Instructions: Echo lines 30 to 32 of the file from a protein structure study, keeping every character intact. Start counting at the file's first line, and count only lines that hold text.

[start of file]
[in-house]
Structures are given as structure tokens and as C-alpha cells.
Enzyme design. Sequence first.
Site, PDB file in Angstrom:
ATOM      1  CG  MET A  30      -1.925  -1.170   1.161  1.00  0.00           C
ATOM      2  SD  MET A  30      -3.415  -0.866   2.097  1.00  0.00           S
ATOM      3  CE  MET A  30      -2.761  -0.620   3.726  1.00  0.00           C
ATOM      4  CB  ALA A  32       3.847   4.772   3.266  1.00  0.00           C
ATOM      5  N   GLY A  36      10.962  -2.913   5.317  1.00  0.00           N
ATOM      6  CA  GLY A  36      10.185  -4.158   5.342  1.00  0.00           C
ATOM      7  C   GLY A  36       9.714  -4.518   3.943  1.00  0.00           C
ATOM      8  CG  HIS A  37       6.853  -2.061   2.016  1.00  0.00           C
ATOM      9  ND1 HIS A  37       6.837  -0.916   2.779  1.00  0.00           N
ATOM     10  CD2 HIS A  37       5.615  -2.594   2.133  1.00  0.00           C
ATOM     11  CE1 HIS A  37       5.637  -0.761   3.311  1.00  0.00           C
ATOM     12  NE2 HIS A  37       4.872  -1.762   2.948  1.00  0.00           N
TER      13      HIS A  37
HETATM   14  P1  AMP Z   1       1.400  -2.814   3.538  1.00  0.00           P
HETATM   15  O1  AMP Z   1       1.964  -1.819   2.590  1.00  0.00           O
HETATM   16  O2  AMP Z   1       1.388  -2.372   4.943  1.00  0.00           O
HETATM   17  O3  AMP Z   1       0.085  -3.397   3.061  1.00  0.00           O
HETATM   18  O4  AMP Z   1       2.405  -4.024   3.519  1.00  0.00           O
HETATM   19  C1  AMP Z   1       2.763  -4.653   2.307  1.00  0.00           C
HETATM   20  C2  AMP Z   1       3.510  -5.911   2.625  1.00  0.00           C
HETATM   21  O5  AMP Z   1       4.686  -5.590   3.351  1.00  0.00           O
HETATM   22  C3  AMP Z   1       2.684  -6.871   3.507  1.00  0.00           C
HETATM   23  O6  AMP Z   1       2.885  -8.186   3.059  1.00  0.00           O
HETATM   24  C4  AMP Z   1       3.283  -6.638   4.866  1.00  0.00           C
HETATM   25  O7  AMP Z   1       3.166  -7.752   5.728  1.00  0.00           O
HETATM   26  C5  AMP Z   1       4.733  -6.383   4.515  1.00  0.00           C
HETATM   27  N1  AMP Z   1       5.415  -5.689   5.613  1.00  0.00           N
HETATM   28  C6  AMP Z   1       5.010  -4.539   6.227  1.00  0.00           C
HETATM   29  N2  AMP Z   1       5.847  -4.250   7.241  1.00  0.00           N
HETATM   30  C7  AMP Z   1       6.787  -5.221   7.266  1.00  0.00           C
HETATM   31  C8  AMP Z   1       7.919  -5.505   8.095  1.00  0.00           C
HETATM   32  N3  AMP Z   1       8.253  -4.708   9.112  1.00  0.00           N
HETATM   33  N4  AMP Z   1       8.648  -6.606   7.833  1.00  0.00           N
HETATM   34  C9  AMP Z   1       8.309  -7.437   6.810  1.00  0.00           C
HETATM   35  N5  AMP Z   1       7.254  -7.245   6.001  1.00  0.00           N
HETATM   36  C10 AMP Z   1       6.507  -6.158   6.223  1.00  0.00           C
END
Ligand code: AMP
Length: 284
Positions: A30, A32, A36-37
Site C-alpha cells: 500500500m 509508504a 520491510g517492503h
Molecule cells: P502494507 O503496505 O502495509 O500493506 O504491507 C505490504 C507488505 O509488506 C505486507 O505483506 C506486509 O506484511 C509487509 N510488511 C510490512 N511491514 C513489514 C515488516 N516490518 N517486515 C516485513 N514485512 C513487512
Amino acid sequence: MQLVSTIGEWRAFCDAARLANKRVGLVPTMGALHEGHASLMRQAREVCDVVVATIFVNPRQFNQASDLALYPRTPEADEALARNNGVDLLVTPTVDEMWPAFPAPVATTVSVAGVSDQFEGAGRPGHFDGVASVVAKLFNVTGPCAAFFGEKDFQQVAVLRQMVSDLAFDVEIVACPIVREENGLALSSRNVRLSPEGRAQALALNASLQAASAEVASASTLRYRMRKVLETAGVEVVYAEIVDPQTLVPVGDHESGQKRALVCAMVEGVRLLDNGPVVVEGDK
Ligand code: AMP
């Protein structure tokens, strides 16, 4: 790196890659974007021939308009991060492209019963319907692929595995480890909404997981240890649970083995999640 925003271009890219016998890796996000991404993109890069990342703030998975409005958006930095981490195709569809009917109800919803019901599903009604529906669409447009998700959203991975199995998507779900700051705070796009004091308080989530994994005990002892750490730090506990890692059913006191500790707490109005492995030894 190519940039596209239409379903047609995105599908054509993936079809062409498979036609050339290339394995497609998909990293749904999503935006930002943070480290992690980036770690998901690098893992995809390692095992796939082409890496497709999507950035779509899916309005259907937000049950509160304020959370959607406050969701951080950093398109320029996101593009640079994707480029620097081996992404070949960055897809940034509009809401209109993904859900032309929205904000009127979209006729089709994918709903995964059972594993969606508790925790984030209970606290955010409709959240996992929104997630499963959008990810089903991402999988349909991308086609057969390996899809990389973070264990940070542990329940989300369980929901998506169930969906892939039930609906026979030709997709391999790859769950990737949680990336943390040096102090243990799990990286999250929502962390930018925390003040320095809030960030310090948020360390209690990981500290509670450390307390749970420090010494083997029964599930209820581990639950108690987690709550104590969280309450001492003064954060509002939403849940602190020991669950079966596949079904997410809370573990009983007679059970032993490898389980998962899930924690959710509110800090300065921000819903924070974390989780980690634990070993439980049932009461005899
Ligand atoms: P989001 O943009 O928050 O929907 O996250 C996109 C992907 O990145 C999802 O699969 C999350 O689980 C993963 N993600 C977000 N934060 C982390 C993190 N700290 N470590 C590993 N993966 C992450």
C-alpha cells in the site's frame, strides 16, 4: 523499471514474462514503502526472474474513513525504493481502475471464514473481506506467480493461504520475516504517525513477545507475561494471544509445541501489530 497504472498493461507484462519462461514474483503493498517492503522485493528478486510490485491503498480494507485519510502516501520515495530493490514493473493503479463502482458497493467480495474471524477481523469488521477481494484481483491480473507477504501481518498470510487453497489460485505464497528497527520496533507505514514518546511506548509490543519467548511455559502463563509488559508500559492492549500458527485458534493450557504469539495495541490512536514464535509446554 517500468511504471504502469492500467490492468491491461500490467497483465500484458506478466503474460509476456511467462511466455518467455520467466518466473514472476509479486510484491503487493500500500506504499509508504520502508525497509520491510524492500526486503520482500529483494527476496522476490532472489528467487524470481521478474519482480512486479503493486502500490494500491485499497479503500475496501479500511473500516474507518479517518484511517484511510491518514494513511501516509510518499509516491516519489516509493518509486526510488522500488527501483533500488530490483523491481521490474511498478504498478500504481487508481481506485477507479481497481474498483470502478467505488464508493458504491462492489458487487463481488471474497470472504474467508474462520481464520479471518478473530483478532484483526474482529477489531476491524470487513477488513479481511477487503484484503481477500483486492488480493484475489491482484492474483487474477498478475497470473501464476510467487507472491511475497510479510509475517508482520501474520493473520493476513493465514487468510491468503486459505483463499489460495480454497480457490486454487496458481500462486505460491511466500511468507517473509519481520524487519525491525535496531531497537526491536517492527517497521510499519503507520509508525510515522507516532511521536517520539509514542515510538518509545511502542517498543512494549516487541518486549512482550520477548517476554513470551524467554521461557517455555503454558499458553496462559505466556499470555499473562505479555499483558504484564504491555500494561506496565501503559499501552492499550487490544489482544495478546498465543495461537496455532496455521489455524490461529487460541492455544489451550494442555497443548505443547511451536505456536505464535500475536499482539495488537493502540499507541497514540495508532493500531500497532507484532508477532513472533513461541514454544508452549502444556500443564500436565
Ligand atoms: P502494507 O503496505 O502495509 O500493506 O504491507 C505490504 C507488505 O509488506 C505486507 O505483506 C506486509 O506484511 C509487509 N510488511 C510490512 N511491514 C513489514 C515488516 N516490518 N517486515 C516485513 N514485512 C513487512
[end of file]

HETATM   26  C5  AMP Z   1       4.733  -6.383   4.515  1.00  0.00           C
HETATM   27  N1  AMP Z   1       5.415  -5.689   5.613  1.00  0.00           N
HETATM   28  C6  AMP Z   1       5.010  -4.539   6.227  1.00  0.00           C